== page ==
The Man Who Single-handedly Saved The World From A Nuclear Catastrophe
30 de noviembre de 2017María Isabel Carrasco Cara Chards
What would you do if you were in charge of monitoring satellites for missiles threats and saw five coming right to your country? Would you immediately send the signal to answer back with more nukes?
You know how often in action films the world is about to be nearly destroyed and one extremely talented man manages to save it at the end of the day? It’s easy to think that only happens in fiction since, well, one man to save a whole planet seems a little far-fetched, but the man from the story I'm about to tell you actually fits this scenario. Actually, he was later known as "the man who saved the world." Although his deeds remained unknown for years, he was later celebrated for his amazing bravery and serenity when facing a terrible threat. His name was Stanislav Petrov, and he was the one who saved us all, well, those who were alive at the time.
Petrov was lieutenant colonel of the Soviet Air Defense Forces. His job was to monitor the different scanners from any possible threat. Oh, by the way, we’re talking about the eighties, a moment of particular tension during the Cold War. Just three weeks before the incident in 1983, the Soviet forces had destroyed a Korean commercial flight that had flown through Russian airspace, killing all 269 passengers. The American government was outraged by this, mainly because there was a congressman among the victims, and declared that the Soviet Union was an “evil empire.” From this moment on, the threat of attack grew higher and Russians were afraid of an air strike.
On the morning of September 26, 1983, Petrov arrived at his office, hoping for it to be just a regular day monitoring the airspace. Just sometime after his arrival, the alarm started sounding because five missiles heading to their territory were detected. After tracing their trajectory, he found out that they were launched from the United States. According to his calculations, the time it would take for them to fall into Soviet territory was about 25 minutes. There was no time to spare. Something had to be done and he was entitled to make the decision.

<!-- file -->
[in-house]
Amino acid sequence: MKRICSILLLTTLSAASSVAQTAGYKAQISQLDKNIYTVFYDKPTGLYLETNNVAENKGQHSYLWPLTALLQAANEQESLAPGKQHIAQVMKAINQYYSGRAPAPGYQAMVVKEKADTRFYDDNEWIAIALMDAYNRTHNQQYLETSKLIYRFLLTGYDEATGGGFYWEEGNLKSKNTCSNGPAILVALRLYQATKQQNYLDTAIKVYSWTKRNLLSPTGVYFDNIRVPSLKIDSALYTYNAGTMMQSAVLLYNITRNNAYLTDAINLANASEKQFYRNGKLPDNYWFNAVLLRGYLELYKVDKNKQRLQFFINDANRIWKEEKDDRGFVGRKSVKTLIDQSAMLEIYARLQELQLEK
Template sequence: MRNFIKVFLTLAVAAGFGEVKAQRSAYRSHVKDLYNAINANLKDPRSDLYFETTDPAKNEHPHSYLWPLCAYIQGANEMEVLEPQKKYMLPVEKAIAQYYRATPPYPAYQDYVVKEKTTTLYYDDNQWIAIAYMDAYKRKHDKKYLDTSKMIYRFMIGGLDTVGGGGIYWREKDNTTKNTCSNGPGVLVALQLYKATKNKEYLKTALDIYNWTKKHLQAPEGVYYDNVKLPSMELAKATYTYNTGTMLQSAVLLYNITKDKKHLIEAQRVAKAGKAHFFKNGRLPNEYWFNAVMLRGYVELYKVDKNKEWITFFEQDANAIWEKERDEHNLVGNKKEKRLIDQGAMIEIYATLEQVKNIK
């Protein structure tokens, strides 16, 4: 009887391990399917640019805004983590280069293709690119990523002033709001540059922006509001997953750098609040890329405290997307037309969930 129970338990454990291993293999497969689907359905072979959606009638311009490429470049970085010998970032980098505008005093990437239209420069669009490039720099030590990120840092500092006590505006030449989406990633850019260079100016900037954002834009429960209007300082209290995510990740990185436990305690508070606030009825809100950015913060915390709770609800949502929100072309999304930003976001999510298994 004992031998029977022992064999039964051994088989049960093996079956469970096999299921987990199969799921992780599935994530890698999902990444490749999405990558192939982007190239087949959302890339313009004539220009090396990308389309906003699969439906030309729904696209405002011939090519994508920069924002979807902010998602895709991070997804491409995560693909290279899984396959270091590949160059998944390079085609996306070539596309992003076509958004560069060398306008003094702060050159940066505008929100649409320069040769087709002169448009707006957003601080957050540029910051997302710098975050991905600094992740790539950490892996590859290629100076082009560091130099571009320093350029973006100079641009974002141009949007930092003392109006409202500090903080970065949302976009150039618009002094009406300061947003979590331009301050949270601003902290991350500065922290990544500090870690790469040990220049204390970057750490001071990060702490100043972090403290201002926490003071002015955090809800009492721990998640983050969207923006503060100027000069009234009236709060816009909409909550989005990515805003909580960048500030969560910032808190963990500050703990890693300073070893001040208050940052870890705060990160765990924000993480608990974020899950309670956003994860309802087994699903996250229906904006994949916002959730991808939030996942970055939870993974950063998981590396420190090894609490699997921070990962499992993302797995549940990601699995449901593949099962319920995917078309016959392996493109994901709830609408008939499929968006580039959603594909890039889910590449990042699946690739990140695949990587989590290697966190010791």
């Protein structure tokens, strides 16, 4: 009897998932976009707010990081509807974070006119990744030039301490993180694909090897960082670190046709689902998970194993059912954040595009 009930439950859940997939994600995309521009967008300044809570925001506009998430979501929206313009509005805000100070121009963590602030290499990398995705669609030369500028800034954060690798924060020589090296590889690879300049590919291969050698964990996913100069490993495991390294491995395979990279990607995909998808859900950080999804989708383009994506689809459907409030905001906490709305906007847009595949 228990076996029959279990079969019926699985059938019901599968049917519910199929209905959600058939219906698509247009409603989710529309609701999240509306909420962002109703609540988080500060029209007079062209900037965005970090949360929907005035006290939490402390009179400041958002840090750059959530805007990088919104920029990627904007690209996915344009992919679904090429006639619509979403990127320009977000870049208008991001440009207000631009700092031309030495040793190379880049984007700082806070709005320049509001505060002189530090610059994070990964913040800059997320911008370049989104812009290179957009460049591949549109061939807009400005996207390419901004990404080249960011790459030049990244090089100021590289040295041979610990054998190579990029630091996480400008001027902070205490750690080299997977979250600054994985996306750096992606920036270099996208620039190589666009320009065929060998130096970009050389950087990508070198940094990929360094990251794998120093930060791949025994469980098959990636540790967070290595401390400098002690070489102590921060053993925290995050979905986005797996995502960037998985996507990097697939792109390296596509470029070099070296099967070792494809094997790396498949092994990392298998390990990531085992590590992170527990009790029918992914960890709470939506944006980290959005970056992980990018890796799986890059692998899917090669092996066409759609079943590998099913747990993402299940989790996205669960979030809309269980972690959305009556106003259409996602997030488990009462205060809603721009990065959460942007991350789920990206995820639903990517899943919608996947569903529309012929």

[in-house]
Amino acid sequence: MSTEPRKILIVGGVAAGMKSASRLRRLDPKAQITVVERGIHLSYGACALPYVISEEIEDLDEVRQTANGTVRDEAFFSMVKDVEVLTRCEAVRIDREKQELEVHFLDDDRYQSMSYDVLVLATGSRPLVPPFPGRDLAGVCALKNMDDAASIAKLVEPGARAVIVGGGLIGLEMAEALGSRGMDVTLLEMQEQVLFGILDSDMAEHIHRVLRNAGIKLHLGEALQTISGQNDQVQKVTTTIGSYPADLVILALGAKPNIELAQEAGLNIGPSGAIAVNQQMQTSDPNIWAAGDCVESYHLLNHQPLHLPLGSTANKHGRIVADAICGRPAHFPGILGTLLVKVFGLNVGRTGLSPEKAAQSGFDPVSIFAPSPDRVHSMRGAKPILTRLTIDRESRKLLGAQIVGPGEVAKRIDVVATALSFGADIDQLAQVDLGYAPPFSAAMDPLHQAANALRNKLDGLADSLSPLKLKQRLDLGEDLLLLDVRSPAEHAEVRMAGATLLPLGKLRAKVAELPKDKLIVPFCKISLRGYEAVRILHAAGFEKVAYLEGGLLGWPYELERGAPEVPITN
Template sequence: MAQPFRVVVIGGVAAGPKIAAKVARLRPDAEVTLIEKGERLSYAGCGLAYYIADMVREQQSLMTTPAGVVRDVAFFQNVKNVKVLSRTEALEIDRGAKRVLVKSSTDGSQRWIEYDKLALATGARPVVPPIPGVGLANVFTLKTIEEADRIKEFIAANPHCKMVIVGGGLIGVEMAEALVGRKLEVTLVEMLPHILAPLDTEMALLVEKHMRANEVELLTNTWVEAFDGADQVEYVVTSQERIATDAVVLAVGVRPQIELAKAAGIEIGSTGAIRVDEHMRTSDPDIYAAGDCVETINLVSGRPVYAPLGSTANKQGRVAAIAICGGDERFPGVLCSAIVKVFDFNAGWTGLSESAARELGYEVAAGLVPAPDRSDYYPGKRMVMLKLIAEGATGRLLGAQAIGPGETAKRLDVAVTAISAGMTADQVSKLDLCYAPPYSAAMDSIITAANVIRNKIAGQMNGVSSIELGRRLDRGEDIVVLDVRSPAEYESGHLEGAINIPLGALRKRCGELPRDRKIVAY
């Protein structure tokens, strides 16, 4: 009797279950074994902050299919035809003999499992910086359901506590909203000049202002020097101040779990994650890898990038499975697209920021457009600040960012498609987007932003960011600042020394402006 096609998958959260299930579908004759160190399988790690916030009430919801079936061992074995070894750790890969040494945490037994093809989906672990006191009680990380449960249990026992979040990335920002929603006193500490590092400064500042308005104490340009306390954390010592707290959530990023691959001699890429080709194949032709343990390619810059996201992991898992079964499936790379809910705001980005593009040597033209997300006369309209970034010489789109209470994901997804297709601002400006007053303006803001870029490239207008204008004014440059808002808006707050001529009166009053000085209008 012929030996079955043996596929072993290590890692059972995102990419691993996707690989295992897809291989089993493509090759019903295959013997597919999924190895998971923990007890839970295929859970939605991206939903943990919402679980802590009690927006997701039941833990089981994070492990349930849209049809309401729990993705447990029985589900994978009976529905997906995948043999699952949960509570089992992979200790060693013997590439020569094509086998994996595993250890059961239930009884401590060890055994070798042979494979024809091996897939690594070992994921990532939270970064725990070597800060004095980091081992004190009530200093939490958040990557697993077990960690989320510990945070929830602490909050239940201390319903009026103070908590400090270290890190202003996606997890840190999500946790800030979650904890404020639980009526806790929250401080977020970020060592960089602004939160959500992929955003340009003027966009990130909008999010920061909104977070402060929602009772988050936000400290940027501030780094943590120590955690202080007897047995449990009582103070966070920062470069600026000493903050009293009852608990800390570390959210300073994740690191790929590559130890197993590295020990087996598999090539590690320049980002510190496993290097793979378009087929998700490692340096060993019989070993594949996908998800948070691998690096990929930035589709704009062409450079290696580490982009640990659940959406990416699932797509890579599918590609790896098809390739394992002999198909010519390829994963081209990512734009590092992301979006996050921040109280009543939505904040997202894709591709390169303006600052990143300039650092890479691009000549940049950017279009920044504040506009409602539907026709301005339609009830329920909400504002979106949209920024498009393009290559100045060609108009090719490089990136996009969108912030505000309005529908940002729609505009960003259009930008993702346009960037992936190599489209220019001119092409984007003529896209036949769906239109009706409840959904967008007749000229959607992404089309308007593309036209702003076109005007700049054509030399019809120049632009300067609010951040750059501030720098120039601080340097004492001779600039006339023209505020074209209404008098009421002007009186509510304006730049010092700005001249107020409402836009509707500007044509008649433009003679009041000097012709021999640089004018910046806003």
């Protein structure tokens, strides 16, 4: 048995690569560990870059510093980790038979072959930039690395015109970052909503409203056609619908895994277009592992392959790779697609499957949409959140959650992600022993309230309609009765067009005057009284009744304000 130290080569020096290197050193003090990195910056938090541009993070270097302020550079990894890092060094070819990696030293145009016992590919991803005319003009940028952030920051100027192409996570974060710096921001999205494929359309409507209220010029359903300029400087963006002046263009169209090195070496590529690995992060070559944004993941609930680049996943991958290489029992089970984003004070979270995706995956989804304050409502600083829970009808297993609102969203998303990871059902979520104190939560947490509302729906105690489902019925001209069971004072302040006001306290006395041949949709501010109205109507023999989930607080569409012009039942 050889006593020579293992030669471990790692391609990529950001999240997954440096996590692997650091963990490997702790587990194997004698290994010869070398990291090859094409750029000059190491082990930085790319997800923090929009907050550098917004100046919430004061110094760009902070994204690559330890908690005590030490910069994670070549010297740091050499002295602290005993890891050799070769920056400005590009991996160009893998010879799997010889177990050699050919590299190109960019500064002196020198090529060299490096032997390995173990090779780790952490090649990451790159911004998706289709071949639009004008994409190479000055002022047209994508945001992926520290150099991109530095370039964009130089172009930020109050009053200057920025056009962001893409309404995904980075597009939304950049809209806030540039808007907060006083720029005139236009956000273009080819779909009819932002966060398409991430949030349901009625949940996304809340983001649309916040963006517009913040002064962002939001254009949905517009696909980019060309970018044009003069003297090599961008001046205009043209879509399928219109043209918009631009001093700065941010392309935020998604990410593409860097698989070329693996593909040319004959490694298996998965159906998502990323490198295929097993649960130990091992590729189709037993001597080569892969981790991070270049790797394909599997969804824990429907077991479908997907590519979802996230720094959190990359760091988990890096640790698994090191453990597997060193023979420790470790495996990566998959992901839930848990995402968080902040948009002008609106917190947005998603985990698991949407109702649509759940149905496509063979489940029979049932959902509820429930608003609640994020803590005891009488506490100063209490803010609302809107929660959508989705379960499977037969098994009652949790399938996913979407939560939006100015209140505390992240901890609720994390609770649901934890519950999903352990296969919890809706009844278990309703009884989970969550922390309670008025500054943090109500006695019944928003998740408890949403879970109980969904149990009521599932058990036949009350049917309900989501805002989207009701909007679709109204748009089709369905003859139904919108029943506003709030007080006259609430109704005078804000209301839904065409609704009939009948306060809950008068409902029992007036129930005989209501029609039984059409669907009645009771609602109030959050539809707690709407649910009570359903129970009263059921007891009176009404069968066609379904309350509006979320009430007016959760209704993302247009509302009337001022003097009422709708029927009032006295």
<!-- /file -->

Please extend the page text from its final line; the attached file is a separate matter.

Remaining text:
He knew what he had to do. He just had to take the phone and tell his superiors to launch missiles, but something didn't seem right, and he wanted to be sure about his decision. Five minutes passed, and the tension grew in the room when he finally decided it was most likely a false alarm, and hoped his instincts hadn’t played him a cruel trick. The minutes he calculated passed, and nothing happened. He had made the right choice, and by doing so, he prevented a terrible nuclear war.
Now, what made him think it wasn’t a real strike? According to him, one of the main facts that made him doubt was the number of detected missiles. If the US wanted to start a war they wouldn’t send just five of them, they would’ve sent a whole artillery. So, instead of contacting the Soviet military immediately, as it was his job to do so, he decided to report a malfunction in the system.
Imagine what would have happened if he had just set the alarm and the Soviet army had launched a whole set of missiles to American soil? It would’ve been definitely the start of World War III, and most of us wouldn’t be here talking about this man’s good intuition. But why did his story end in oblivion?
Once the threat passed, he was praised by his superiors for his calmness and good logic, but he was then reprimanded for not following the guidelines and failing to report the incident to his superiors. All his work was suddenly forgotten. He retired from the military just one year after the incident and got a job at a research institute. However, he soon retired definitively to take care of his wife, who had just been diagnosed with cancer. He lived a life in the shadows and had even to cultivate potatoes to have something to eat. It wasn’t until 1998, fifteen years after he prevented a nuclear war, that his deeds came to light.
When General Yury V. Votintsev published his memoirs, he mentioned the great deed of Petrov during that morning of 1983. He became an instant hero to the world. He traveled and was recognized and praised for his great job tackling that incident. Even though he was never honored in his own country, his story had a huge impact in Western countries. However, he never actually asked for this. In one of the many interviews he gave, he mentioned how he didn’t really enjoy being the center of attention and how he liked leading a normal life after all.
What I like about this man’s story is how down to earth he was. When his story came out, everybody started calling him a hero and a pacifist, but he didn’t really agree with it. “What kind of soldier can be a pacifist? The idea’s absurd,” he mentioned in an interview, and he was right. So was he really a hero, or as he said, he “was just at the right place at the right time”? Perhaps both, but what’s important is that he didn’t allow the nerve-racking situation to affect him and trusted his instincts to do the right thing.
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